– The Age of Enlightenment has produced many authors who tried to make a difference and have succeeded. This was particularly important in the relevant time period, especially for the revolutionaries who used the resources to influence the public. While the writers did not sway Alex because she was on the other side and saw first-hand the lives the Revolution has destroyed, it can be suggested that music did play the pivotal role in Andi’s development. Both classics and contemporary artists feature in her iPod, and she loves her guitar immensely. It is clear that music was the key to the Revolution within her, or at least one of the keys. The modern technology certainly helps to get instant access to music and be influenced right away doesn’t it? I shall discuss music more in the following section.

 

“I’m wishing he could see that music lives. Forever. That it’s stronger than death. Stronger than time. And that its strength holds you together when nothing else can.”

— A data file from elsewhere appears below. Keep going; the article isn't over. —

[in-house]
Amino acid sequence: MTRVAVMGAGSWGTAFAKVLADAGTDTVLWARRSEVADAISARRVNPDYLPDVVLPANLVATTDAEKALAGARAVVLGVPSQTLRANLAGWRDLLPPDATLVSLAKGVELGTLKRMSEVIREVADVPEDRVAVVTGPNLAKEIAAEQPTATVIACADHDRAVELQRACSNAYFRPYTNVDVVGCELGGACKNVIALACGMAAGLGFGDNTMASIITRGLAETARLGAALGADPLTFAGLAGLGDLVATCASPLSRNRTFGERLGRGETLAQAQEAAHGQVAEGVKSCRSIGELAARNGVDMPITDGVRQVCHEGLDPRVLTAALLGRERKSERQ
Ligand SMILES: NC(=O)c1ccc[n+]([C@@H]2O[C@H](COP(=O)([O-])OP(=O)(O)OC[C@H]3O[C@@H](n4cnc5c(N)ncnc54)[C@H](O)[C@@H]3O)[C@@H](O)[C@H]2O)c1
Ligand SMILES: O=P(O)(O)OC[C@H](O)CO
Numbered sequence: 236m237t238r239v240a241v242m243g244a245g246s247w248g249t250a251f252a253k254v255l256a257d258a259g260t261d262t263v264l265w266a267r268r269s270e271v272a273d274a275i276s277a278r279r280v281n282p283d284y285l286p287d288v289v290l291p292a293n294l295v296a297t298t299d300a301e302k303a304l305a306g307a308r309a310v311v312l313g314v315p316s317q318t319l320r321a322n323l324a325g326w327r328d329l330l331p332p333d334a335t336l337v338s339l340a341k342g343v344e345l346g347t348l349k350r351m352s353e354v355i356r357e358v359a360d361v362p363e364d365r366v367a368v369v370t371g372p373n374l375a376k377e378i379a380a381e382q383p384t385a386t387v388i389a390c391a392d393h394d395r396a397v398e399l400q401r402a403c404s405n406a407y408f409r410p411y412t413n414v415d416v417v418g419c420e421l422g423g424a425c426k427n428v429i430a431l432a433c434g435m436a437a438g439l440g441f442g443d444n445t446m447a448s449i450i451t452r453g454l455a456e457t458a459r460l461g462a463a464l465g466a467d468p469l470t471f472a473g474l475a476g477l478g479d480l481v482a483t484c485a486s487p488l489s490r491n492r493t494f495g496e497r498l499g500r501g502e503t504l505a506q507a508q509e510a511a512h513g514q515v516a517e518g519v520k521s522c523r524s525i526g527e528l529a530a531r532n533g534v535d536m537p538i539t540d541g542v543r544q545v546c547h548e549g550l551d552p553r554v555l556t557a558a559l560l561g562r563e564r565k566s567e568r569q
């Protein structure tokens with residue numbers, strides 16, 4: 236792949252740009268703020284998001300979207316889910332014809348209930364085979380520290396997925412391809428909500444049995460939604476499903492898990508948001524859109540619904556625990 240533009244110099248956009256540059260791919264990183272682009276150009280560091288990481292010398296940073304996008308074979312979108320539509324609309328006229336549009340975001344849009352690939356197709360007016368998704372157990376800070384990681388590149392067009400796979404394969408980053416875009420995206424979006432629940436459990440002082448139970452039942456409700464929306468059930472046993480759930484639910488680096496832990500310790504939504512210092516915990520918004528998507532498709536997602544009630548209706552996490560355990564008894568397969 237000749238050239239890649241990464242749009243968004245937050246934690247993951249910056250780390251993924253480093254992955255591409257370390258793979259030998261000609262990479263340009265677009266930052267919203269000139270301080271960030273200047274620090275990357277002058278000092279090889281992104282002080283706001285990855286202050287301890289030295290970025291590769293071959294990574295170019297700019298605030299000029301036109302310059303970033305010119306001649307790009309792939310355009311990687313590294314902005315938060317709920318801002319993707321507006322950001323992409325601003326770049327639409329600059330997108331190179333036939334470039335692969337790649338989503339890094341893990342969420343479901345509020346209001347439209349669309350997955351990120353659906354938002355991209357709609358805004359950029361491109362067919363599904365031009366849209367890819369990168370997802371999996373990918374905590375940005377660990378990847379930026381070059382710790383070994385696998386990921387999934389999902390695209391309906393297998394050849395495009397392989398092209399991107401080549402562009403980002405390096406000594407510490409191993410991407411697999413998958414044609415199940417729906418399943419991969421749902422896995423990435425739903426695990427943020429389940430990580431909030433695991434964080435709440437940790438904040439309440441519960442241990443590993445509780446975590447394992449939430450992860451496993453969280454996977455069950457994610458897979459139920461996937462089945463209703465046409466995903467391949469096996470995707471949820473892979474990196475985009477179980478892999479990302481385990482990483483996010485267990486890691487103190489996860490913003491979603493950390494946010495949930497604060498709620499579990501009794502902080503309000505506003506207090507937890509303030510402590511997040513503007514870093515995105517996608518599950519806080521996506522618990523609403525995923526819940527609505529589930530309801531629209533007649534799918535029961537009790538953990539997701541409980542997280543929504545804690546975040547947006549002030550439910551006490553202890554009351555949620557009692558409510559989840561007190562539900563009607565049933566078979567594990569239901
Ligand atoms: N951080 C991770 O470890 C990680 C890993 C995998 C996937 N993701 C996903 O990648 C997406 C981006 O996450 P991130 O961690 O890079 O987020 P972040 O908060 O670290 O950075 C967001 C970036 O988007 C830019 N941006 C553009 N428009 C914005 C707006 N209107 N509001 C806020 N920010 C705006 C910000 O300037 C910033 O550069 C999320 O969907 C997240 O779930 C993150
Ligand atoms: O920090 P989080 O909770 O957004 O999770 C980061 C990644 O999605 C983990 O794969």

SPOILER This book features implied time-travel. It is unclear, however, whether it has actually occurred or Andi has just suffered a bad concussion. Without resorting to Albus Dumbledore’s famous quote about things being real even though they’re in one’s head, I can say that even if Andi didn’t go back in time (which, let’s face it, is unlikely), the events she “lived” through are no less significant. She has met the subject of her thesis, composer Amade Malherbeau, and he took her to be Alex, or as she was known at the time, “The Green Man”. As Andi finds out from the diary, Alex was, what one may call nowadays, a pyrotechnic fugitive. To give a bit of background, she used to be young prince Louis’ companion before the royal family got arrested and he got thrown into the dungeon. Alex knew that he loved fireworks, so she spent her nights setting them off for the whole of Paris, and most important of all, prince Louis, to see (That bit hurt, Mrs Donnelly – but in the best possible way!). After several unsuccessful attempts of smuggling the prince out, Alex died in the catacombs, and nobody knew who the Green Man was for over two hundred years – until Andi found the diary.